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Record numbers of orcas, humpbacks spotted in Salish Sea in 2021

It was a record year for orca and humpback whale sightings — and their newborns — in the Salish Sea in 2021.
New Bigg's orca calf, T124A7, takes the lead with its mother and family. The newborn was photographed near Victoria on New Year's Eve. Karac Lindsay, Eagle Wing Tours

It was a record year for orca and humpback whale sightings — and their newborns — in the Salish Sea in 2021.

The Pacific Whale Watch Association, which has 29 member companies departing 24 ports from Seattle to Telegraph Cove, said Bigg’s killer whales were the most frequently documented whales in the region last year, followed by humpback whales, gray whales and minke whales.

Endangered southern resident killer whales, their numbers down to just 74, were encountered the least often.

Erin Gless, executive director of the association, said many tours viewed more than one whale species during their trips, including on Mother’s Day, when several companies reported “grand slams” by spotting orcas, humpbacks, minke whales and gray whales in a single tour.

Monika Wieland Shields, director of the Orca Behavior Institute on San Juan Island, said there were 1,067 unique sightings of Bigg’s killer whales documented in the Salish Sea over 329 days. The previous record in 2019 was 747.

Bigg’s orcas feed on seals and other marine mammals.

In contrast, the salmon-eating southern resident killer whales were documented on just 103 days, or 28% of the year.

“It has been incredible to witness the continued rise of Bigg’s killer whales in the Salish Sea,” said Shields. “In 2021, there were days when we documented 10 different groups of Bigg’s throughout the region, totaling more than 50 whales.”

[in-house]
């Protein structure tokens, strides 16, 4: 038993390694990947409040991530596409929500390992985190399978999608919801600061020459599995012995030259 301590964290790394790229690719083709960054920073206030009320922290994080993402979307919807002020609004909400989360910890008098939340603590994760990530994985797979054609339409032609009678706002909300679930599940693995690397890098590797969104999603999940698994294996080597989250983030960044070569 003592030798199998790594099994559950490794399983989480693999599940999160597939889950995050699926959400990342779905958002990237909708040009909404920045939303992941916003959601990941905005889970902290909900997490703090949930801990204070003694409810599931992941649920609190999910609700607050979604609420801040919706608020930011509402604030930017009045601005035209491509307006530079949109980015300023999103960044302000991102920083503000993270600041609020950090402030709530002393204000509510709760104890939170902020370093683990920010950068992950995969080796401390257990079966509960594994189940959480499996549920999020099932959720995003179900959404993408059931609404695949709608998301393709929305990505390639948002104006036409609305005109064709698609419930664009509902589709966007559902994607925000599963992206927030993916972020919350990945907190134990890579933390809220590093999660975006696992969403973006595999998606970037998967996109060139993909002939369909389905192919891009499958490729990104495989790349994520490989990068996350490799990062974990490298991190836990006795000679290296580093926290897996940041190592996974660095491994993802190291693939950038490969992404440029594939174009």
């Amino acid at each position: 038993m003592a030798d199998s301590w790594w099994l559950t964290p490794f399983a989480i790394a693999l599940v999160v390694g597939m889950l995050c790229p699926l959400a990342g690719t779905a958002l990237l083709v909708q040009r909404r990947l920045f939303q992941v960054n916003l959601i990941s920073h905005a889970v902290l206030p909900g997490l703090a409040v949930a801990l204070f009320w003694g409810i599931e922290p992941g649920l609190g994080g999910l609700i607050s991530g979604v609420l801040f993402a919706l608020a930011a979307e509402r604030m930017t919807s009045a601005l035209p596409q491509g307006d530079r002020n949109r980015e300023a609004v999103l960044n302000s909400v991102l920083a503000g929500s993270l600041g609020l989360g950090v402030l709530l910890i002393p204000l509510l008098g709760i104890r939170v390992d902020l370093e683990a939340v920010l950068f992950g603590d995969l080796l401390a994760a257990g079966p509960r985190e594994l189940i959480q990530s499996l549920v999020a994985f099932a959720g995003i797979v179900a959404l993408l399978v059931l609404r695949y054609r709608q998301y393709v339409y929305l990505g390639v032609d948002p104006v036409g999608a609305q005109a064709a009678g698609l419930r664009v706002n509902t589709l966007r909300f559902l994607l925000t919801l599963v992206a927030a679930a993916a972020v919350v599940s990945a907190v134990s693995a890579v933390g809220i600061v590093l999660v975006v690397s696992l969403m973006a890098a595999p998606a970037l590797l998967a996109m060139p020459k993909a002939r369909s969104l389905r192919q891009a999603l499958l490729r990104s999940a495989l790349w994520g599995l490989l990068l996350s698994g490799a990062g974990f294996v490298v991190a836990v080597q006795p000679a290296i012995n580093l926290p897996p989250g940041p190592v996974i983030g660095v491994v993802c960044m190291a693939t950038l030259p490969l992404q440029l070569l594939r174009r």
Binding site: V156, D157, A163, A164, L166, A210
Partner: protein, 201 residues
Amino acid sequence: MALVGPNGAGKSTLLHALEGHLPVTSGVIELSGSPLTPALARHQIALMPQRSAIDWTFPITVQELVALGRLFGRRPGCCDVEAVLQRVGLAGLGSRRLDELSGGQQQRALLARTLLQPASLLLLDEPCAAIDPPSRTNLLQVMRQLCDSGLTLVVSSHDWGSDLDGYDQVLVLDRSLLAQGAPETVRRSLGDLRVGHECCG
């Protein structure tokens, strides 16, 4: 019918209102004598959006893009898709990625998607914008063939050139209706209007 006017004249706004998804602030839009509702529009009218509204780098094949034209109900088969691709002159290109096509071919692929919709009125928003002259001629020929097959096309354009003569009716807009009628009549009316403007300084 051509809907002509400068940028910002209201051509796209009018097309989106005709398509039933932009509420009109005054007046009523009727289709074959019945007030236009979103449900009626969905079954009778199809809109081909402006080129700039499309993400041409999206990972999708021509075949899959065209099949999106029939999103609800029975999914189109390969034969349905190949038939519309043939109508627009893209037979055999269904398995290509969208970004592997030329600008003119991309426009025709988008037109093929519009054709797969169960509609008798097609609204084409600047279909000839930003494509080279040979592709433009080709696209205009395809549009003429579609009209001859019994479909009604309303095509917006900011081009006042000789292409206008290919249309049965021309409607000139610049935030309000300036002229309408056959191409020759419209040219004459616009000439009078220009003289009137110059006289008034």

The Bigg’s population is growing at more than four per cent a year, according to the Department of Fisheries and Oceans Canada.

Eleven new Bigg’s calves were born in 2021.

The most recent, T124A7, was spotted by whale-watching vessels near Victoria on New Year’s Eve. The number 7 at the end of the calf’s ID number indicates it is the seventh baby born to 37-year old mother T124A, “Kittiwake.”

It’s an incredible feat for Kittiwake, said Gless, considering the gestation period for orcas is 16 to 18 months — almost twice that of a human.

“The calf looked great and at one point adorably seemed to take a turn leading the family,” she said.

A record 21 humpback whale calves also accompanied their mothers to the Salish Sea last year, nearly doubling 2020’s count of 11.

The Pacific Whale Watch Association documented humpback whales on 301 days of 2021. Most humpbacks have made the journey to breeding grounds in Hawaii, Mexico and Central America, but Gless said a few still remain in the area.

Seattle-based research group SR3 in September reported three pregnancies in the endangered southern resident killer whale population. No new calves have been observed as yet, but the youngest southern resident calf, L125 or “Element,” estimated at a year old, was seen in late December by researchers with the San Juan Island-based Center for Whale Research and appeared to be doing well.

Whale-watching boats took part in or documented 880 “sentinel actions” during their 2021 ecotours. That means they warned speeding vessels, alerted ferries and cargo ships when whales were in the vicinity, removed harmful marine debris such as balloons and derelict fishing gear or educated boaters on proper viewing distances.

The association said its member vessels were able to “positively change the behavior of other boats” around whales in at least 70% of interventions, resulting in a safer environment for the whales.

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